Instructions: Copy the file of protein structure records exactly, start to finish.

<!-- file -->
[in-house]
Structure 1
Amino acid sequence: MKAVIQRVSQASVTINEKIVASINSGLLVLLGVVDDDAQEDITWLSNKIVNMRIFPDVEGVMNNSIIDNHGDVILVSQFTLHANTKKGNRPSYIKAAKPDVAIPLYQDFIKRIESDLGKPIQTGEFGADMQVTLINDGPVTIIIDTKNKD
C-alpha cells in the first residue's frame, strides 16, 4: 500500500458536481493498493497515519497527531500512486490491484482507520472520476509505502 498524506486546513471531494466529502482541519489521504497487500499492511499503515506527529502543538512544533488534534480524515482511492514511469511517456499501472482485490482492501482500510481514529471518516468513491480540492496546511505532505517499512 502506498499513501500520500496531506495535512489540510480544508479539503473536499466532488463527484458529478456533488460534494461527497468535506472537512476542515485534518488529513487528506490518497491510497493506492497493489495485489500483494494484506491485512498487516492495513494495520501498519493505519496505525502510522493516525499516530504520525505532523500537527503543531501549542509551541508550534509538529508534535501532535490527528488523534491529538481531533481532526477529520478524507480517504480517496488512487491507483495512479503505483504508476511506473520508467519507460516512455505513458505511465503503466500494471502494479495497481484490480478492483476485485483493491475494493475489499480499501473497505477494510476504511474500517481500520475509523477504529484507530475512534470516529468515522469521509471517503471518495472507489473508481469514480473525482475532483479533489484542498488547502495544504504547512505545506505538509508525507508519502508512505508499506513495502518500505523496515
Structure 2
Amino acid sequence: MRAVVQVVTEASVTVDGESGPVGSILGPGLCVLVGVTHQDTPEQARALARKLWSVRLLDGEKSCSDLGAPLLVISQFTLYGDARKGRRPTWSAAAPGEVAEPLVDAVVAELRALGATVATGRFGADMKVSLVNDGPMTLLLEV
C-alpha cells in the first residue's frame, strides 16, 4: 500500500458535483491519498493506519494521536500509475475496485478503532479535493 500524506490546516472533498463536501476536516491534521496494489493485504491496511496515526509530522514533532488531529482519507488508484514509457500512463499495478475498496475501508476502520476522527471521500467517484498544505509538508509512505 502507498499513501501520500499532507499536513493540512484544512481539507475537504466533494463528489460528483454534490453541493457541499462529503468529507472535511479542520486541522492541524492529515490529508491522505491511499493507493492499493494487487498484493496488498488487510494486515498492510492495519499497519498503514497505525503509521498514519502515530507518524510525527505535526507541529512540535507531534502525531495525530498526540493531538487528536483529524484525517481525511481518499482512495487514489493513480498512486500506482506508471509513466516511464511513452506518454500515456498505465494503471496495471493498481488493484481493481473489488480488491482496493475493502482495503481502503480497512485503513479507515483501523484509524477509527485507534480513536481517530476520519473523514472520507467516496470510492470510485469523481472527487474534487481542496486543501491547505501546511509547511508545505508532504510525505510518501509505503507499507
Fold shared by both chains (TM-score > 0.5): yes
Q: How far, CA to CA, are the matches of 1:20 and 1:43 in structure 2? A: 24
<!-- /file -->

[in-house]
Structure 1
Amino acid sequence: MKAVIQRVSQASVTINEKIVASINSGLLVLLGVVDDDAQEDITWLSNKIVNMRIFPDVEGVMNNSIIDNHGDVILVSQFTLHANTKKGNRPSYIKAAKPDVAIPLYQDFIKRIESDLGKPIQTGEFGADMQVTLINDGPVTIIIDTKNKD
C-alpha cells in the first residue's frame, strides 16, 4: 500500500458536481493498493497515519497527531500512486490491484482507520472520476509505502 498524506486546513471531494466529502482541519489521504497487500499492511499503515506527529502543538512544533488534534480524515482511492514511469511517456499501472482485490482492501482500510481514529471518516468513491480540492496546511505532505517499512 502506498499513501500520500496531506495535512489540510480544508479539503473536499466532488463527484458529478456533488460534494461527497468535506472537512476542515485534518488529513487528506490518497491510497493506492497493489495485489500483494494484506491485512498487516492495513494495520501498519493505519496505525502510522493516525499516530504520525505532523500537527503543531501549542509551541508550534509538529508534535501532535490527528488523534491529538481531533481532526477529520478524507480517504480517496488512487491507483495512479503505483504508476511506473520508467519507460516512455505513458505511465503503466500494471502494479495497481484490480478492483476485485483493491475494493475489499480499501473497505477494510476504511474500517481500520475509523477504529484507530475512534470516529468515522469521509471517503471518495472507489473508481469514480473525482475532483479533489484542498488547502495544504504547512505545506505538509508525507508519502508512505508499506513495502518500505523496515
Structure 2
Amino acid sequence: MRAVVQVVTEASVTVDGESGPVGSILGPGLCVLVGVTHQDTPEQARALARKLWSVRLLDGEKSCSDLGAPLLVISQFTLYGDARKGRRPTWSAAAPGEVAEPLVDAVVAELRALGATVATGRFGADMKVSLVNDGPMTLLLEV
C-alpha cells in the first residue's frame, strides 16, 4: 500500500458535483491519498493506519494521536500509475475496485478503532479535493 500524506490546516472533498463536501476536516491534521496494489493485504491496511496515526509530522514533532488531529482519507488508484514509457500512463499495478475498496475501508476502520476522527471521500467517484498544505509538508509512505 502507498499513501501520500499532507499536513493540512484544512481539507475537504466533494463528489460528483454534490453541493457541499462529503468529507472535511479542520486541522492541524492529515490529508491522505491511499493507493492499493494487487498484493496488498488487510494486515498492510492495519499497519498503514497505525503509521498514519502515530507518524510525527505535526507541529512540535507531534502525531495525530498526540493531538487528536483529524484525517481525511481518499482512495487514489493513480498512486500506482506508471509513466516511464511513452506518454500515456498505465494503471496495471493498481488493484481493481473489488480488491482496493475493502482495503481502503480497512485503513479507515483501523484509524477509527485507534480513536481517530476520519473523514472520507467516496470510492470510485469523481472527487474534487481542496486543501491547505501546511509547511508545505508532504510525505510518501509505503507499507
Fold shared by both chains (TM-score > 0.5): yes
Q: How far, CA to CA, are the matches of 1:20 and 1:43 in structure 2? A: 24